press-ups - and an unfamiliar sensation
The chef saw the video I posted and decided to show me how to do press-ups. Perhaps both of us were over-influenced by the prior consumption of gin and tonic. "You need to have your body straight," she warned me as she positioned herself, board-like, at an angle to the floor. She lowered her body easily so that her nose almost touched the floor and then pulled up again.
I was impressed. I took up a position next to her on the carpet, settled my hands in the way she told me and lowered myself slowly towards the carpet. Unfortunately that was as far as it went. I found myself lying on my stomach and giggling helplessly at the improbability of it all.
The chef - a good teacher - was determined. She showed me how to do press-ups from the knees so that I was supporting only half my body weight. I tried again, lowered myself slowly, and ended in a similar collapse of giggles.
I decided not to try any longer. I explained to the chef that my determination sprang only from the instructions of a mutual friend, a former trapeze artist and tightrope walker who had hosted the chef's visit to Australia last year. "She'll make you do it," the chef said, reminding me that the acrobat is due to visit shortly.
I had my doubts but deflected them by pointing to a pair of weights in the corner. "She said I should do weight training," I told the chef. Soon I was standing in the middle of the floor, raising and lowering the weights in a manner which the chef seemed to find unimpressive. "Let's go to the pub," I suggested. (I hope this suggestion works as well when the acrobat is here.)
I wish the chef would persevere with swordplay. As I told her, you can't stab anyone while doing press-ups - and the injuries caused by weights would not be attractive.
Meanwhile, I'm persevering with fencing. A holiday (in Paris as so often) helped and I felt fresh on my return. This didn't enable me to achieve a great transformation but in the first session after my holiday I felt rested and alive. My back barely troubled me.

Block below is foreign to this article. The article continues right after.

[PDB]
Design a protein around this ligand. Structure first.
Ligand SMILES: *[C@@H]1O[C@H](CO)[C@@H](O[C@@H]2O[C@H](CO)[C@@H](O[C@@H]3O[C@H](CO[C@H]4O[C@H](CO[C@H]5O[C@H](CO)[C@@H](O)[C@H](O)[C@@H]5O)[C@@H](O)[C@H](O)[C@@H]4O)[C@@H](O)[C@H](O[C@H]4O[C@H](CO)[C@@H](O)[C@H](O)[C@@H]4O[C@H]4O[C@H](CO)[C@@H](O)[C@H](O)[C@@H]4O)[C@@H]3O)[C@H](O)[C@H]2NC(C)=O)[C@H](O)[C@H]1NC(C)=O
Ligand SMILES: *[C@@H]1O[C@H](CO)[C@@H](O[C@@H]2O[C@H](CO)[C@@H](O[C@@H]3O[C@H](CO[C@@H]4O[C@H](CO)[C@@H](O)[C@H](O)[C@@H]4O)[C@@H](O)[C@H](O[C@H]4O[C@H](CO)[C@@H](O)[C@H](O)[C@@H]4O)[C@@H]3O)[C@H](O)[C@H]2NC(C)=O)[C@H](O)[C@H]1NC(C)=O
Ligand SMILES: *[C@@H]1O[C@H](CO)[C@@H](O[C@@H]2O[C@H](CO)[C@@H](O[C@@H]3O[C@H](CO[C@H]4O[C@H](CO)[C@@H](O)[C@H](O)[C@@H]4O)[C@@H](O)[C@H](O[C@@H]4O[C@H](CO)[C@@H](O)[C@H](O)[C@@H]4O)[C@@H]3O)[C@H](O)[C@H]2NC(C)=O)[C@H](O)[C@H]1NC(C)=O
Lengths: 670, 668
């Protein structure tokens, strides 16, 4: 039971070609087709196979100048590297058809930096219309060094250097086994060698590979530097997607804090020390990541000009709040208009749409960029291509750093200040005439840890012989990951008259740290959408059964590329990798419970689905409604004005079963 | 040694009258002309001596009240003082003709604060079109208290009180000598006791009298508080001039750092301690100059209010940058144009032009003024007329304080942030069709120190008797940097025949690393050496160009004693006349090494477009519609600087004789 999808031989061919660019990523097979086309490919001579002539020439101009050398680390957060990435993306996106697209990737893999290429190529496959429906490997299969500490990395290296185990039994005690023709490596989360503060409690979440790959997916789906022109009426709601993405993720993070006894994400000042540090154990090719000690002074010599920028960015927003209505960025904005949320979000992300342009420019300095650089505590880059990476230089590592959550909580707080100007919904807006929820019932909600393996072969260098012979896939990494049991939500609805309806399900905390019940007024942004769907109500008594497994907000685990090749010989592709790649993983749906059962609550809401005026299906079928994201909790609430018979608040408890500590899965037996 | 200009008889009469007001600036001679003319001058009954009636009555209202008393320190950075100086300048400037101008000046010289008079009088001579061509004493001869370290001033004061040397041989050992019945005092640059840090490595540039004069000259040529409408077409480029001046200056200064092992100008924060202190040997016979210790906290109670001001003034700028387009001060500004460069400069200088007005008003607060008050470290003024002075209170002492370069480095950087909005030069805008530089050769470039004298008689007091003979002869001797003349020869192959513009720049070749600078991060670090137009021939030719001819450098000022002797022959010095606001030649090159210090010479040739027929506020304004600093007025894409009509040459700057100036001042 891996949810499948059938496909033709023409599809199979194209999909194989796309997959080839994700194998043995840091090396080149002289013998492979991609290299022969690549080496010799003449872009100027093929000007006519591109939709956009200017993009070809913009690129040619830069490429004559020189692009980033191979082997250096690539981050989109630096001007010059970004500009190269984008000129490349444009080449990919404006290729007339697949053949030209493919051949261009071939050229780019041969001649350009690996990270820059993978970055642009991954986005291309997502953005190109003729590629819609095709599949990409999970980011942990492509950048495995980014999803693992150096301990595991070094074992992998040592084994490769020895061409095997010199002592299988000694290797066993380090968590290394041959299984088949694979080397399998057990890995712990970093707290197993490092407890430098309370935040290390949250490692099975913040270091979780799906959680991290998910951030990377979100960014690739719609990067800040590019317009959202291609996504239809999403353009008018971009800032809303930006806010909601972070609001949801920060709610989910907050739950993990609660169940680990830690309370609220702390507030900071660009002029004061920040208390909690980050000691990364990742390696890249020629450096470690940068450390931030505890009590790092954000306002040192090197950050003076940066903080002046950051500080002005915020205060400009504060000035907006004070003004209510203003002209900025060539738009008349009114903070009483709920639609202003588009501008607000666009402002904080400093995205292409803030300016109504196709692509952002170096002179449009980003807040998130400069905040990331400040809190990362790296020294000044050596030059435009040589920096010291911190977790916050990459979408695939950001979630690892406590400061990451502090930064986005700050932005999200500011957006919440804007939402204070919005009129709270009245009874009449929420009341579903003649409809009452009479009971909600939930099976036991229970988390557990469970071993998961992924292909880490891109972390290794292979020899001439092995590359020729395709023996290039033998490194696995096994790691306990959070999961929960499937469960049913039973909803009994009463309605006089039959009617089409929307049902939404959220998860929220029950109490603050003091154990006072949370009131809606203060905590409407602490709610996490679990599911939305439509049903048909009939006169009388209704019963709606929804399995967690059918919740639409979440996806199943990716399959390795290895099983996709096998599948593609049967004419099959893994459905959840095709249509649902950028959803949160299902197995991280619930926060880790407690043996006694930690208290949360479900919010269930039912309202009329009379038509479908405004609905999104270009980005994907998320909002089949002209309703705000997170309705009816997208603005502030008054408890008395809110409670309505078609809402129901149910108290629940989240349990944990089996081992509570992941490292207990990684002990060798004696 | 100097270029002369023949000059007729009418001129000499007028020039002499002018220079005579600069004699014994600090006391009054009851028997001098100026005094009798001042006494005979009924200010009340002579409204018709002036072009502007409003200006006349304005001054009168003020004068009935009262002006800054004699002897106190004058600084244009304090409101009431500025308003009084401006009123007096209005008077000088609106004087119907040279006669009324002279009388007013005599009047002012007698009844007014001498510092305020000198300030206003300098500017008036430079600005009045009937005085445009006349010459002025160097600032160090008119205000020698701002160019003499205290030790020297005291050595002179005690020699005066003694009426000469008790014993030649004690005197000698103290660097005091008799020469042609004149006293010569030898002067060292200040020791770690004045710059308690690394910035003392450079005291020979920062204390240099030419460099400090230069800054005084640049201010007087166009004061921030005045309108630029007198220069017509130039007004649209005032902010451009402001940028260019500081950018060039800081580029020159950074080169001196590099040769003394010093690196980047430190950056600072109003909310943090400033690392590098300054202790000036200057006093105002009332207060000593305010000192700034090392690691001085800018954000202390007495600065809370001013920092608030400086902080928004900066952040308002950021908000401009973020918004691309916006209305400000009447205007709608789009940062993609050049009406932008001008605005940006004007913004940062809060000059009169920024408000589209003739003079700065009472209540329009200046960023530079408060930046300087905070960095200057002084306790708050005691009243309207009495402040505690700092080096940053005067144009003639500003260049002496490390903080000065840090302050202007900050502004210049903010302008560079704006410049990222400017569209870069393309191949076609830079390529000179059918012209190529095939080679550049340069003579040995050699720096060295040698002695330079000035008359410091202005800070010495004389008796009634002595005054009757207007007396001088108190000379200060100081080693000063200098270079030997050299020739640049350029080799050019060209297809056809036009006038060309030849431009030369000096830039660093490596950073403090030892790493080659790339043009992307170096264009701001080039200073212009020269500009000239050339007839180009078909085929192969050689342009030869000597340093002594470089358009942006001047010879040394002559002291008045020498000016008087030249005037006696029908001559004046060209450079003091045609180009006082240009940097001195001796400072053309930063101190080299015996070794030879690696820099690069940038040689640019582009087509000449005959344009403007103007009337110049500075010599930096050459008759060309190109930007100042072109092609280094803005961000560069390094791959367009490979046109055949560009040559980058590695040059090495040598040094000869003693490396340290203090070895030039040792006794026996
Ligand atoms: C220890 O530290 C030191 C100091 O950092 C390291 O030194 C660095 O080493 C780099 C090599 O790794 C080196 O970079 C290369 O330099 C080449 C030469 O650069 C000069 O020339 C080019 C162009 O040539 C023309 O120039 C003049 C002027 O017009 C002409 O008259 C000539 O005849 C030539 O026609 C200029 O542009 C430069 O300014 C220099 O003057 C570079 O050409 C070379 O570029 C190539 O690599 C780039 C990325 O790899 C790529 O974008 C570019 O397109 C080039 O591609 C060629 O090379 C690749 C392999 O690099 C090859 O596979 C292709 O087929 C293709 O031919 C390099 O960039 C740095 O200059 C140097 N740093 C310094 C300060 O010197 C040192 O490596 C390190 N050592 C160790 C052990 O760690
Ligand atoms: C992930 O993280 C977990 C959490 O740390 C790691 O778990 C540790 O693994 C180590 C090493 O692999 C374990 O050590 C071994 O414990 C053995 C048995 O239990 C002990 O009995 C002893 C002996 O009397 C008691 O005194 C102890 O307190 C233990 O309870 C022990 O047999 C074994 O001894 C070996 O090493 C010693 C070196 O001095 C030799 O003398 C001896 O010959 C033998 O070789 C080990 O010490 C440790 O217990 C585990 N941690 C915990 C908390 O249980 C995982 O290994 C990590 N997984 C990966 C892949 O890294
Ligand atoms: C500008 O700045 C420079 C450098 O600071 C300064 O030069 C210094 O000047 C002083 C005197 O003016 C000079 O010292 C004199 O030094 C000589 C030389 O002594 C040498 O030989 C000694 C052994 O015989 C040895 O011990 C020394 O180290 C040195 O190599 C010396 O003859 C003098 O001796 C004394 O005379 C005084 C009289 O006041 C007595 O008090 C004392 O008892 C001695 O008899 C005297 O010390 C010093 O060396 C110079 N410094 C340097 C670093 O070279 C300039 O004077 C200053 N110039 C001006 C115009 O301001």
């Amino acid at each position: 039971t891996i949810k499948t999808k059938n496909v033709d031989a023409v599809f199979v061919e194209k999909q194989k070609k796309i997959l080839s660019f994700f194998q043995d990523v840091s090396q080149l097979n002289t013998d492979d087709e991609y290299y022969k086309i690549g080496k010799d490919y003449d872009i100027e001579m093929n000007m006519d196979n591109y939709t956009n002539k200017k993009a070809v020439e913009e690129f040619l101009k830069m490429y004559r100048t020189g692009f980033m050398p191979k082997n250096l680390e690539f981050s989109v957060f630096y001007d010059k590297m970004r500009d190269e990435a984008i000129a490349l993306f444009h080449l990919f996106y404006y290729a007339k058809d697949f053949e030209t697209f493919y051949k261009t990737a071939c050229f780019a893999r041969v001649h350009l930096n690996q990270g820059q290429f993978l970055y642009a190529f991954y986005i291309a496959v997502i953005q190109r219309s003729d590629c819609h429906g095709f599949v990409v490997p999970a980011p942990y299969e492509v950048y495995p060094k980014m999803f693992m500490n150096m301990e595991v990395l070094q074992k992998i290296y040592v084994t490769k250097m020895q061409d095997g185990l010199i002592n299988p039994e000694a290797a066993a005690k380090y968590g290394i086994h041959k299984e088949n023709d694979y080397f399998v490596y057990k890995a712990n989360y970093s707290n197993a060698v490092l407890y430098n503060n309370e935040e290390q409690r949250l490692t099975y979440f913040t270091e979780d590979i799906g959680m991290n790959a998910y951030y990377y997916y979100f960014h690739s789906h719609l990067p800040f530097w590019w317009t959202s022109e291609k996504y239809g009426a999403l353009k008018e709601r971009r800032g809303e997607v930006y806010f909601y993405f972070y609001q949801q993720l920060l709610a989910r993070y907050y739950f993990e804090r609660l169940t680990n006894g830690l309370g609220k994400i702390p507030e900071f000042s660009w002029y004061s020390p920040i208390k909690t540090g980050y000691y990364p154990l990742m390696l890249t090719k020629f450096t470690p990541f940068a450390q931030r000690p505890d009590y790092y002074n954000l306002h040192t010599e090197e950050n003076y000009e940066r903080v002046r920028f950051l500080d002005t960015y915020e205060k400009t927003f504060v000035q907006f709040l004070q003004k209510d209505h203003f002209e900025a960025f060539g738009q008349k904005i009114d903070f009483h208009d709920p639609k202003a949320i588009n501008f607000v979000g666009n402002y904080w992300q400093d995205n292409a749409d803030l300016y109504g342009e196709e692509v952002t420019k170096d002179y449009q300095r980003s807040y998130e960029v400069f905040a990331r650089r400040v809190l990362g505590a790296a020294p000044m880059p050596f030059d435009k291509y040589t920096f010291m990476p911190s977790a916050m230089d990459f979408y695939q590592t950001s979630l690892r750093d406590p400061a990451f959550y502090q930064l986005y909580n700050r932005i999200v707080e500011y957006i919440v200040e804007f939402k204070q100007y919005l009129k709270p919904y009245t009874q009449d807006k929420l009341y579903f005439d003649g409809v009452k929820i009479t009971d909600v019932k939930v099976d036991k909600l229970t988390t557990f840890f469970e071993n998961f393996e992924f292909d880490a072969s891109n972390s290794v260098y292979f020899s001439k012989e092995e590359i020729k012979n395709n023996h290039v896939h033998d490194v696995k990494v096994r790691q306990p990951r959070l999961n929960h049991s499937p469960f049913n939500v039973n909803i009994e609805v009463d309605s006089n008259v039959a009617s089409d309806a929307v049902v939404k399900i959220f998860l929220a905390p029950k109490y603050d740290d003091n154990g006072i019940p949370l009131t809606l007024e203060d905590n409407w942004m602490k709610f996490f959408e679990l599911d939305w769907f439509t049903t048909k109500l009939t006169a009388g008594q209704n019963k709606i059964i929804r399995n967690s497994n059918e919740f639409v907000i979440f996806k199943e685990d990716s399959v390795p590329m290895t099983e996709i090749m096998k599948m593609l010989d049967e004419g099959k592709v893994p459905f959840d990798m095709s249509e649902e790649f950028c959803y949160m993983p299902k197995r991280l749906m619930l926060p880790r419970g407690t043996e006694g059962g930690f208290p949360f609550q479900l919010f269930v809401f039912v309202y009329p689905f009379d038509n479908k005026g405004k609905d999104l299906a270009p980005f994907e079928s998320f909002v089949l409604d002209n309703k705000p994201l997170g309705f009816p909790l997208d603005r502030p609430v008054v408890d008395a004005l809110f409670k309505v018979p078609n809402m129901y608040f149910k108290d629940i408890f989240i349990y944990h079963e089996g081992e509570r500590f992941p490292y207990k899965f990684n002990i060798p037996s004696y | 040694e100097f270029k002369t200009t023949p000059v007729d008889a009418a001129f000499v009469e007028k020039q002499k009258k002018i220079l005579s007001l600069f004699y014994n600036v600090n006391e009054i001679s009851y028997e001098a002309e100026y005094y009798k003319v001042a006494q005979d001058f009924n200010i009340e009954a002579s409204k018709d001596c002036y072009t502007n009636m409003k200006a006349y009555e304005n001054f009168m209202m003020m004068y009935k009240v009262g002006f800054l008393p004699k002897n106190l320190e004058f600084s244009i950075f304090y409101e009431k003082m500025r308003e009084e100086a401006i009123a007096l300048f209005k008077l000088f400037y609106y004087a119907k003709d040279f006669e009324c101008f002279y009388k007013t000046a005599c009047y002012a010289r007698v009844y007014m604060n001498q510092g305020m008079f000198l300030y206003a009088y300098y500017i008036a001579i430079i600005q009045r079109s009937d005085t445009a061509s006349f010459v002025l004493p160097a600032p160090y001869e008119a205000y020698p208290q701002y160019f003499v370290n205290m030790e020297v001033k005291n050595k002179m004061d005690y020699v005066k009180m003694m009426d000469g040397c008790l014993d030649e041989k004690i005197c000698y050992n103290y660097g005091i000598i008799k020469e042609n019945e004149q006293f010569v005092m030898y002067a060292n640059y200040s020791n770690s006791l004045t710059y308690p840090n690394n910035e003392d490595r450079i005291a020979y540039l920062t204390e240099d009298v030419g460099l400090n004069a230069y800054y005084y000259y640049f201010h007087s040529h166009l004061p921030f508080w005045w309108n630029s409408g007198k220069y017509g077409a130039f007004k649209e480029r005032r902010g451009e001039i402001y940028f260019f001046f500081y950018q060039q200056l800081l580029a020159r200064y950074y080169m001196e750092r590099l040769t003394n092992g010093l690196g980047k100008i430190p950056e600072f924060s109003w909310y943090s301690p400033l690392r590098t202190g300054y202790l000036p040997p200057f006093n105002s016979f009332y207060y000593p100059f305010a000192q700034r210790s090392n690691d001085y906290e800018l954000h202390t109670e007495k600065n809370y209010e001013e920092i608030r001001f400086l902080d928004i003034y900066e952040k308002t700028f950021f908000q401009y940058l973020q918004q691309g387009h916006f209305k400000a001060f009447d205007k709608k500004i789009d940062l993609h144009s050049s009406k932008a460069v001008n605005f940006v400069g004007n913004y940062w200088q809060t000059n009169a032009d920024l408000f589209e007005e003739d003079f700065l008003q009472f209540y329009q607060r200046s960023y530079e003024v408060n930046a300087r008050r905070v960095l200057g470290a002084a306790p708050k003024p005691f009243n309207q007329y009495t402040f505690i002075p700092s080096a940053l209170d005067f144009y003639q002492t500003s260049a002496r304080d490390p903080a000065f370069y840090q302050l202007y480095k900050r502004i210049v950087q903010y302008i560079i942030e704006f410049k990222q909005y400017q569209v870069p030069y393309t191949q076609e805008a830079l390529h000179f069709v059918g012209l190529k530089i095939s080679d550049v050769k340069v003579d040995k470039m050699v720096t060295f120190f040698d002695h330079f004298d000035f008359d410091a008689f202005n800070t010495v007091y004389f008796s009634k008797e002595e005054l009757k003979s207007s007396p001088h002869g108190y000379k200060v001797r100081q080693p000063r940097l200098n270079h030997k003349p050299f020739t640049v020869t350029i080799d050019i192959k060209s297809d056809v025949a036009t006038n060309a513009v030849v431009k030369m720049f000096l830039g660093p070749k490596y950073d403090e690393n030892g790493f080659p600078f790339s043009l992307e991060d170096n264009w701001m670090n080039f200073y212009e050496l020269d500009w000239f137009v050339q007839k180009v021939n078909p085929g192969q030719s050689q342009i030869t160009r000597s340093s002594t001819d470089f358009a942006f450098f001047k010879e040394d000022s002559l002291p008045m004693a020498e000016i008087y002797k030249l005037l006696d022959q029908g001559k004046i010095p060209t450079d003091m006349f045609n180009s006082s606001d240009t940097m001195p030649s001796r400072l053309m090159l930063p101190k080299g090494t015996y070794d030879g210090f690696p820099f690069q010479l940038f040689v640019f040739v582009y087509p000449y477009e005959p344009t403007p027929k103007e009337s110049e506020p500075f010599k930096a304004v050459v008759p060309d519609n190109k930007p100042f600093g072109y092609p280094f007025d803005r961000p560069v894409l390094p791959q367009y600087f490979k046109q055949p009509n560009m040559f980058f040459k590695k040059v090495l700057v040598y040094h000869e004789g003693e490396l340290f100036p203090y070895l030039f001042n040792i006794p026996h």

The beginners' class hadn't started yet so there were no more than thirty fencers in the hall. I noticed something that had changed since I began fencing: far more women are involved. I counted twelve. When I began almost all the women were in the beginners' group. Now women are fencing at every level. There are beginners and once-a-week fencers like me but there are also women who have strong national rankings, bring medals and trophies home and compete internationally.
I'm not the only woman fencing epée. A glamorous young Spaniard has joined us - out of practice but evidently used to fencing at a high level because she decided to concentrate on her studies. Once she'd taken to the piste, the sabreurs clustered around her, suggesting that she might take up sabre. She has the sense to stick with epée and it's fun to see how her skills return. She's in a different league from me but happily takes her turn at fencing all the epéeists - and I feel very pleased if I land a couple of hits on her. Even doubles are pleasing.
I've had most success against a strong foilists who is just beginning epée. He's beginning to get away from what I think of as the foilist's pause - that fractional hesitation to establish right of way before attacking. His stance needs more work but it's improving all the time and he has the advantage of strength and accuracy.
Last week he raced ahead to 5-0 against me in a bout to 15. It didn't look very promising but I stayed calm and tried to work out how to get past his guard. Suddenly I made it to 5-1, then 5-2 and suddenly he was rattled and I was cool and confident.
It was, in a way, an absurd confidence. I didn't have a strategy or the variety of tactics I needed. But I saw that my opponent was getting cross - with himself, not me - and was repeating the same moves and mistakes, with slightly less conviction and accuracy each time. Somehow self-belief propelled me forward and I was suddenly, impossibly, 8-5 ahead. He tried to pull things together and managed a double hit. I retained my confidence, repeating the same parry riposte to every identical attack he made. The watchers were amused - it wasn't high-level fencing and they could see all the errors.
He pulled back a little towards the end but I could see his confidence had ebbed - and he was still cross with himself. I felt as though I were floating toward victory and, in the last points, was quite convinced I could win. It was the conviction that carried me through rather than any skill. I ended at 15-12 up, delighted with the unfamiliar sensation of victory.
There is, of course, a rematch and a less happy sequel, but I'll leave this post at the point of victory. It may never happen again.